I know many people who are in Sheffield’s shoes, or are at least growing into them. This is a very real concern, and one which should be addressed directly, in my view. Yes, the Church as an institution can improve, respond, and offer direct counsel or programs that may better deal with these circumstances. But the onus is (and always has been) on us as individual members of the Church to study, learn, grow, love, embrace, and welcome.
President Uchtdorf recently taught:
Developing Christlike attributes in our lives is not an easy task, especially when we move away from generalities and abstractions and begin to deal with real life. The test comes in practicing what we proclaim. The reality check comes when Christlike attributes need to become visible in our lives—as husband or wife, as father or mother, as son or daughter, in our friendships, in our employment, in our business, and in our recreation.
In her experiences shared, Ms. Sheffield evidently encountered many members who had not yet sufficiently developed these attributes, and who perhaps were not practicing what they proclaimed. We each have this personal challenge, and a higher bar of behavior to which we must aspire. We’re not perfect, nor should perfection be demanded of us in the short term. We are, and ever have been, a Mormon people in need of reform.
65 Responses to “A Mormon People in Need of Reform”
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This response is also worth reading.
You just summed up my thoughts about the article—and the overarching “problem” of the Church—to perfection. I’ve had to ask myself the following two-fold question in moments when I’ve struggled to understand certain aspects of Church history, doctrines, or other mysteries: Why do I really want to know the answer, and what would I think/say/do/be differently if I knew the answer — whatever it may be?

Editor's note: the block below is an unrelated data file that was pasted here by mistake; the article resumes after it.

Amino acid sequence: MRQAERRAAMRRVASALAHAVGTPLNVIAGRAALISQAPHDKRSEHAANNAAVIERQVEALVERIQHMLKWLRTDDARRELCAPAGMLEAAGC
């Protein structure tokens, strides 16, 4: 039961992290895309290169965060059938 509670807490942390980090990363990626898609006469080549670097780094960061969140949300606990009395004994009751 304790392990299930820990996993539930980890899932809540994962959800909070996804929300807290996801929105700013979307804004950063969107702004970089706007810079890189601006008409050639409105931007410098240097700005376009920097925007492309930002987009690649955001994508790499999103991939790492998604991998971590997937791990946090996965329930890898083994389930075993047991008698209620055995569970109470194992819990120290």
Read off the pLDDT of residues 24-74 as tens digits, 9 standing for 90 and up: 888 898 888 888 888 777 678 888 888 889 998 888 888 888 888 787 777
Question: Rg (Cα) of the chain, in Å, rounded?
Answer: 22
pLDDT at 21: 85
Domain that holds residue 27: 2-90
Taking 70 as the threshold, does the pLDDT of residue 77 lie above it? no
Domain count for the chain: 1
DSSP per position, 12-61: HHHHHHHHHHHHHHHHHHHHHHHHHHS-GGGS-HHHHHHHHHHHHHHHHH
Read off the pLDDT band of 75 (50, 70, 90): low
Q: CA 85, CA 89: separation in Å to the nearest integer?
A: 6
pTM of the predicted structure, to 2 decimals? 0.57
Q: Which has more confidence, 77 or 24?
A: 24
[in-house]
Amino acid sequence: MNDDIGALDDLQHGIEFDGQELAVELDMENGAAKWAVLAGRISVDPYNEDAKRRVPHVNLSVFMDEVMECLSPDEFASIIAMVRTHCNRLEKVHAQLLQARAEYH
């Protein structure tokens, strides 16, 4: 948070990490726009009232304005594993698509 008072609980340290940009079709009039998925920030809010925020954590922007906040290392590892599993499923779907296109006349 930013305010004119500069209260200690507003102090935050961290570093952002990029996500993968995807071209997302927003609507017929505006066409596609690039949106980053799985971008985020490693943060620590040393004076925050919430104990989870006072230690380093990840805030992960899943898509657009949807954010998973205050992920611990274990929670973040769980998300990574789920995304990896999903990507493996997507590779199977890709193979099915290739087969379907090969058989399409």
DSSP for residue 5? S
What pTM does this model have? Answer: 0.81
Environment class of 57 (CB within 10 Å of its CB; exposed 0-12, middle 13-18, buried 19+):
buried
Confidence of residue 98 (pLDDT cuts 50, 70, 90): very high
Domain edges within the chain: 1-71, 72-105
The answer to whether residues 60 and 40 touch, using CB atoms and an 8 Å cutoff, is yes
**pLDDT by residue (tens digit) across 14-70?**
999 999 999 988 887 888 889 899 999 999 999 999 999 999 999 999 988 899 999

Said another way, I find that if my motives are self-serving (looking for an “easy” way out) I tend to sympathize more with those who have left the Church over similar stumbling blocks. However, when my motives are pure, and my desire is to become my very best self, I tend to see the stumbling blocks disappear and the real answers bring peace to my soul. Things that are not sought to be understood by the Spirit cannot be logically rationalized into, or out of, existence, because they were given by the Spirit to be understood spiritually.
Thanks again for putting things in such succinct and tangible terms.
This recent discourse by Elder Holland is a must-watch, as it relates tangentially to this topic.
Since most members of the church that I know, have left for similar reasons, I think it would be best to try and understand them, than attack them.
Furthermore, I think this is an opportunity for the leadership to change our policy.
Lastly, I disagree with the milk/meat analogy. Our history is neither milk nor meat.
Denver hits the nail on the head.
We desperately need meat in church lessons. I have been turned into the Bishop for attempting to organize a neighborhood fundraiser without going through proper church authority such as relief society president and/or Bishopric even though the fundraiser was not just for LDS neighbors but to attempt to unite the neighborhood as a whole. I have also been turned into the Bishop for holding gospel study groups outside of Sunday church. Both incidents were not punished but it shows the members are not even getting the milk out of the Sunday lessons. I have gone home from Church many times just frustrated and thirsty for more knowledge and a deep conversation about the gospel. It makes it even more difficult to get all the kids ready and settled when your not being fed and looked at as a demon when you study on your own. The members need to step up, me included and preach the gospel and stop worrying about publicity.